Blog AnalysisEU Defense (Doctrine)

Between French and British: a cousin, not a couple

Fr. Holland and D. Cameron reviewing the British military at Brize Norton Base (credit: MOD UK)
Fr. Holland and D. Cameron reviewing the British military at Brize Norton Base (credit: MOD UK)

(BRUSSELS2) Once again, a French president and a British Prime Minister came together, on Friday, to celebrate the existence of a Franco-British “couple” which only exists in the spirit, not in facts. We could rather speak of a Franco-British “cousinage” than of a “couple”. We meet on various occasions, we love to have a drink or get excited about a good rugby match, or even go on vacation at some point. But that's all. No question of living together. In political terms, this translates into a summit from time to time, the signing of an industrial contract, “opportunity” convergences which only last for the moment of this opportunity.

A real cordial understanding

Historical and psychological proximity…

There are, however, a certain number of undeniable convergences between the French and the British, both historically and psychologically. First of all, there is the trace of history – with the presence of an ancient empire –; a certain impression of grandeur (past, more present among the British, than the French moreover, more realistic about their own capacity); a certain propensity to say “I” instead of we; to want to compete. The Six Nations tournament is therefore not as anecdotal as that. We like to compete every year, to show off our muscles, to each other, but also to others. Two “great” nations meet.

Sense of action

Then on the military level, the two countries share a certain “habit” of military “things”. The army and defense are part of a sort of national atavism, which does not give rise to enormous differences within the political parties. When the government (in Great Britain) or the President of the Republic (in France) decide to commit external forces, the criticism is not in the majority. Overseas intervention is a given in their international policy. The Minister of Defense – even if he is not often a leading figure – has a notable role within the government (which is rarely the case in other European countries). The understanding between the two armies is truly cordial because everyone on both sides of the Channel shares the same sense of action.

Convergence of views

This proximity is translated into concrete actions, whether in interventions or in international organizations, on both a political and economic level. Paris and London agreed on the intervention in Libya and shared, at least initially, the desire to establish a “no fly zone” in Syria. The two countries, which sit on the UN Security Council, have a common strategy within NATO. They defend nuclear power, a reduction in the NATO apparatus (which endangers certain States which have made the organization the alpha and omega of their defense), etc.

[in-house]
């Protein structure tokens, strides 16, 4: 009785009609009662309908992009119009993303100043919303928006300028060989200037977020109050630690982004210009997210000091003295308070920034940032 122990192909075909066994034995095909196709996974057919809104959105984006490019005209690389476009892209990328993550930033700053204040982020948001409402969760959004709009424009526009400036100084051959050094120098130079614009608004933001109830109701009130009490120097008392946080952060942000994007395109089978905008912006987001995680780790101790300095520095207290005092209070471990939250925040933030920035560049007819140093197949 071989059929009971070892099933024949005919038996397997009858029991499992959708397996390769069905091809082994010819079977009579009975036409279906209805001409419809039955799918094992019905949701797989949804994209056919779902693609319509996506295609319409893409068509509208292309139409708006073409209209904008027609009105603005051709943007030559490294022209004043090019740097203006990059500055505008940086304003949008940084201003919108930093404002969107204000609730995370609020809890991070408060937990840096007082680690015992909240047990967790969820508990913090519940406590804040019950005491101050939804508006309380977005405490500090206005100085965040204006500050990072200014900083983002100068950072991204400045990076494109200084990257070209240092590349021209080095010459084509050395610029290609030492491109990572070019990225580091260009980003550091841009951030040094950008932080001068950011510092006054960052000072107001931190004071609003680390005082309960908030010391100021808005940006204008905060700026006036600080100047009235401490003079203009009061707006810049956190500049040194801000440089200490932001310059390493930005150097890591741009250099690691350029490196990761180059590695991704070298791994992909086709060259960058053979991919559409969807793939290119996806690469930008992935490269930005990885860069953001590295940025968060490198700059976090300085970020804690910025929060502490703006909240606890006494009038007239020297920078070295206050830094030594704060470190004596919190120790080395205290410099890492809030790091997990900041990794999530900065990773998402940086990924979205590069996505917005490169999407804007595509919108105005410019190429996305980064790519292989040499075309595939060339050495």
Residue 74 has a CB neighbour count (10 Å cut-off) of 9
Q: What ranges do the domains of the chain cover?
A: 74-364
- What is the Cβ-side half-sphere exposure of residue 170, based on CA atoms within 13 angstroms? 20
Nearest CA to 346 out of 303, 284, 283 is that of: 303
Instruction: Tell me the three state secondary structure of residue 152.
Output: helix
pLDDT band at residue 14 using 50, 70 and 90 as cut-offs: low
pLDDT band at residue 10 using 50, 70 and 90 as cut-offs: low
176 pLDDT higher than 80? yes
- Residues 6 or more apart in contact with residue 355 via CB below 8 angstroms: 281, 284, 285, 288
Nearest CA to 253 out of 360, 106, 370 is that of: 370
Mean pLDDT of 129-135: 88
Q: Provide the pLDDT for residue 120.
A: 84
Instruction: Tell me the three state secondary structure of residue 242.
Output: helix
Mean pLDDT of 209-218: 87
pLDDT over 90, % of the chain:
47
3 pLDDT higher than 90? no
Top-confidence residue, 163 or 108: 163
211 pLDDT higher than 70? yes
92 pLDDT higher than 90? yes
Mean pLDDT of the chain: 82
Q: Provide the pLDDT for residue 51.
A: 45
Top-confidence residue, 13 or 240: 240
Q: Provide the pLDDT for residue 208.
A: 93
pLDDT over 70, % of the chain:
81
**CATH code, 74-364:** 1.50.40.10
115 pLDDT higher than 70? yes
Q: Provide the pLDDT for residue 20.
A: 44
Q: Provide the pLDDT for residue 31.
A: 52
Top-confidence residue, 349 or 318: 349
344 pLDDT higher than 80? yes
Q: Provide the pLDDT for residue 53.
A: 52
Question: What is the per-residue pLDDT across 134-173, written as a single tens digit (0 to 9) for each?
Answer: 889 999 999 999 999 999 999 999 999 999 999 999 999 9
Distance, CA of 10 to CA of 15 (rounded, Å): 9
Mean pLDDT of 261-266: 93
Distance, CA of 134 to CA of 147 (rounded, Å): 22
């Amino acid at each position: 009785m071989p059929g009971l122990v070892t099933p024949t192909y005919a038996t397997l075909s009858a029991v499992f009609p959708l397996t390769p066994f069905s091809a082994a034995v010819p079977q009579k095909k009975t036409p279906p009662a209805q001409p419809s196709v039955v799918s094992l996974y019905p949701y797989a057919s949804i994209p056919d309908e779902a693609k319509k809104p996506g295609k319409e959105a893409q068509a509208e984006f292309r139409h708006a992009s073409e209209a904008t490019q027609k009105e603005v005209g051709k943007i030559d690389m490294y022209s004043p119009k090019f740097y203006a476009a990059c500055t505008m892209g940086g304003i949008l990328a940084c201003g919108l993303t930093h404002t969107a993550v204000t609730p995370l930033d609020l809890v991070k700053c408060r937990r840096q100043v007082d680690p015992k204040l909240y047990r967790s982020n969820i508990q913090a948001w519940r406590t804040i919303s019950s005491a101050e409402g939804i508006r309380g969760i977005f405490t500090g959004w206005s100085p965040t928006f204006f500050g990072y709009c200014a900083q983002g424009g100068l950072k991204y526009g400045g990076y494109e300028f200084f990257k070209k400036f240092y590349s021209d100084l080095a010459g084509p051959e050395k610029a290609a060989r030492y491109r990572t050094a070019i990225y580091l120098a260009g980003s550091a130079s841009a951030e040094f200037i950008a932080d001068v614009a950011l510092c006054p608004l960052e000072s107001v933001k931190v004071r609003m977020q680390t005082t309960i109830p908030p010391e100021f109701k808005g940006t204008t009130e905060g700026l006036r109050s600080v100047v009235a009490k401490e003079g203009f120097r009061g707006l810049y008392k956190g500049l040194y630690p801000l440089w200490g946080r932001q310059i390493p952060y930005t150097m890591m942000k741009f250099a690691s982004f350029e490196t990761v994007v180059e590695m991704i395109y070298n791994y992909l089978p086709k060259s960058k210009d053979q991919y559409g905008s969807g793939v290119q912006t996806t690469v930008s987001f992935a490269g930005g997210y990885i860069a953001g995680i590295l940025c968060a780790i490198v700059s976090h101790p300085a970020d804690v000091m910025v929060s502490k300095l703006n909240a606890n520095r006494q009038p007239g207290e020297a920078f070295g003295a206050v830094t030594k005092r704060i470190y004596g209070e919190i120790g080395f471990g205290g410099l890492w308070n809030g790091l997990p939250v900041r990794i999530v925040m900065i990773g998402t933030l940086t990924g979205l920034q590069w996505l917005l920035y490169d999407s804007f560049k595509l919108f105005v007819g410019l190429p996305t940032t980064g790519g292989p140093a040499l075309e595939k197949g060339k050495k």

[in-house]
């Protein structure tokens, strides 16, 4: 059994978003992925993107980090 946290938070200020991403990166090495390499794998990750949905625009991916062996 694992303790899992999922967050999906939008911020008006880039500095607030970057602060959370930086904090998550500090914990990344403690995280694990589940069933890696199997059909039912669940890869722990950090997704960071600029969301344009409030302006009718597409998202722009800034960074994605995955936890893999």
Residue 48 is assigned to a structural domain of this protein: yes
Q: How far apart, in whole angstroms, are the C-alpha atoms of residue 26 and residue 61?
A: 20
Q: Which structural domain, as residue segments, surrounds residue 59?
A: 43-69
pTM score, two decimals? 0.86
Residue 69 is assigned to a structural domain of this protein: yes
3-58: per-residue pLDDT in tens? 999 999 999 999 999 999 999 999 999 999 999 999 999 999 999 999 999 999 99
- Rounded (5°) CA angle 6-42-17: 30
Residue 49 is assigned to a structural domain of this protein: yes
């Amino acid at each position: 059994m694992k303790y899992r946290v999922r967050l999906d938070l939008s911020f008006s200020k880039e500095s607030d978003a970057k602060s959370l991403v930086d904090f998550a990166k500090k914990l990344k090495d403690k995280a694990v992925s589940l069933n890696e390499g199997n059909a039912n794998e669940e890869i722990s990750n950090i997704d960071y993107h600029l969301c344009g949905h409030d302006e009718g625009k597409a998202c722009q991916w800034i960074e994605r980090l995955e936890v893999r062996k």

Budget weight

Finally, even if their budgets are decreasing, France and the United Kingdom share a clear desire (at least so far) to preserve a general range of military tools (land, air, sea, intelligence). Their “defense” budget is roughly similar (between 30 and 40 billion euros per year). And, even if it falls, together they still represent a good third of European defense budgets; an even clearer domination when we compare investments or research.

Europe… as a divider

But all this is not enough to characterize a couple and even less to influence Defense Europe. We had already written about it on this blog the day after the Lancaster House agreements. The British do not want to hear about Defense Europe (or even Europe at all)! Up close, far away, sideways…. Even more today than yesterday. From the top to the bottom of the ladder, the order was passed directly by David Cameron's cabinet to all the ministries, in particular the Ministry of Defense and that of Foreign Affairs, and this in writing. Defense Europe is “NO”.

A relentless logic

The statement of “10 Downing Street” is simple, and follows an implacable logic in three points.

1° The security of the United Kingdom – and of Europe – passes through NATO.

2° Europe can complete this action through humanitarian or development means.

3° The EU does not have to have its own capabilities or its own defense projects. Member States must keep control.

From this line of action comes another, more discreet instruction: do everything to block what could resemble, directly or indirectly, a European defense integration. We saw the exit of David Cameron at the last European summit. It looked like an electoral harangue (denouncing a project that had never been put on the table: the European army) and allowed the conservative Prime Minister to obviously emerge a winner (since the project did not exist). But it also had a more discreet objective, to serve as a marker for the Europeans, to prevent them from being too aggressive. The objective was doubly achieved.

Down to the smallest detail

This fear of seeing a “blue flag” adorning a British soldier is so extreme that in British army communications, the blue flag is often downplayed. So most often we will emphasize the bilateral or the international. This is the case with participation in the EU anti-piracy operation (EUNAVFOR) which boils down to being an “international” effort against piracy. The recent decoration of a British soldier by the British Chief of Staff bears witness to this (see here). It is necessary to look carefully in the official communication from the MOD (the British Ministry of Defence) that it was on European ground – that of the EUTM Mali operation, training the Malian army – that the decorated soldier officiated.

A regular blockage